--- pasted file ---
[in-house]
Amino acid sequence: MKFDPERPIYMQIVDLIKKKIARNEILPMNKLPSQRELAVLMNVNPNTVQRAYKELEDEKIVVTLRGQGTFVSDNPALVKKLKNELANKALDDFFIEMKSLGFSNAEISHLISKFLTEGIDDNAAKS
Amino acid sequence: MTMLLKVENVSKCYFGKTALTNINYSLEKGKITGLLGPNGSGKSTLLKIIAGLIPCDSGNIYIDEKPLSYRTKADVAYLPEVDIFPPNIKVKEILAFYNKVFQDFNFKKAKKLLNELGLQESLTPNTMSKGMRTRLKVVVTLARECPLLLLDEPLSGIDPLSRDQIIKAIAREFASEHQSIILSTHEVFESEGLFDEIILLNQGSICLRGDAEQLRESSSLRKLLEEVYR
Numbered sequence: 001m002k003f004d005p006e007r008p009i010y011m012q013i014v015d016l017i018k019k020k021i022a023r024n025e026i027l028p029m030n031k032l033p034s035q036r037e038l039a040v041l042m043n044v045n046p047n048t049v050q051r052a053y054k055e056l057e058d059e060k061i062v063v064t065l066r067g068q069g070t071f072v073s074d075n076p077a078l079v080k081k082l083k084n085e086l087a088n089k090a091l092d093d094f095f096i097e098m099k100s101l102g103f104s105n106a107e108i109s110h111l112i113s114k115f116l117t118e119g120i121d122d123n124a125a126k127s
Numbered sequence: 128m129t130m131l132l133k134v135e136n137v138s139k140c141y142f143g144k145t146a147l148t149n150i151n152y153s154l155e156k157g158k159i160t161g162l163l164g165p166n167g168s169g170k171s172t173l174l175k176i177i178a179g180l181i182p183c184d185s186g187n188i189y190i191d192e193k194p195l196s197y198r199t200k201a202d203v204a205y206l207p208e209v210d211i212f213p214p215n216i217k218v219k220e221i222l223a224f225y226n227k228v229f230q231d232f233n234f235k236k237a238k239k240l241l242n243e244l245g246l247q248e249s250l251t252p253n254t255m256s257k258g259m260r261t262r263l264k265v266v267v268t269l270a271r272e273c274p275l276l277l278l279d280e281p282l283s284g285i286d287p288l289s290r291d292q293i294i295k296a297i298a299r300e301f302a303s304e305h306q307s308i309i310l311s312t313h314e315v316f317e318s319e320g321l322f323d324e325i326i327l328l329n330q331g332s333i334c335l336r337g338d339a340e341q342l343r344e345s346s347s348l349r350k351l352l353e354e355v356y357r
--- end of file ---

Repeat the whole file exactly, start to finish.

[in-house]
Amino acid sequence: MKFDPERPIYMQIVDLIKKKIARNEILPMNKLPSQRELAVLMNVNPNTVQRAYKELEDEKIVVTLRGQGTFVSDNPALVKKLKNELANKALDDFFIEMKSLGFSNAEISHLISKFLTEGIDDNAAKS
Amino acid sequence: MTMLLKVENVSKCYFGKTALTNINYSLEKGKITGLLGPNGSGKSTLLKIIAGLIPCDSGNIYIDEKPLSYRTKADVAYLPEVDIFPPNIKVKEILAFYNKVFQDFNFKKAKKLLNELGLQESLTPNTMSKGMRTRLKVVVTLARECPLLLLDEPLSGIDPLSRDQIIKAIAREFASEHQSIILSTHEVFESEGLFDEIILLNQGSICLRGDAEQLRESSSLRKLLEEVYR
Numbered sequence: 001m002k003f004d005p006e007r008p009i010y011m012q013i014v015d016l017i018k019k020k021i022a023r024n025e026i027l028p029m030n031k032l033p034s035q036r037e038l039a040v041l042m043n044v045n046p047n048t049v050q051r052a053y054k055e056l057e058d059e060k061i062v063v064t065l066r067g068q069g070t071f072v073s074d075n076p077a078l079v080k081k082l083k084n085e086l087a088n089k090a091l092d093d094f095f096i097e098m099k100s101l102g103f104s105n106a107e108i109s110h111l112i113s114k115f116l117t118e119g120i121d122d123n124a125a126k127s
Numbered sequence: 128m129t130m131l132l133k134v135e136n137v138s139k140c141y142f143g144k145t146a147l148t149n150i151n152y153s154l155e156k157g158k159i160t161g162l163l164g165p166n167g168s169g170k171s172t173l174l175k176i177i178a179g180l181i182p183c184d185s186g187n188i189y190i191d192e193k194p195l196s197y198r199t200k201a202d203v204a205y206l207p208e209v210d211i212f213p214p215n216i217k218v219k220e221i222l223a224f225y226n227k228v229f230q231d232f233n234f235k236k237a238k239k240l241l242n243e244l245g246l247q248e249s250l251t252p253n254t255m256s257k258g259m260r261t262r263l264k265v266v267v268t269l270a271r272e273c274p275l276l277l278l279d280e281p282l283s284g285i286d287p288l289s290r291d292q293i294i295k296a297i298a299r300e301f302a303s304e305h306q307s308i309i310l311s312t313h314e315v316f317e318s319e320g321l322f323d324e325i326i327l328l329n330q331g332s333i334c335l336r337g338d339a340e341q342l343r344e345s346s347s348l349r350k351l352l353e354e355v356y357r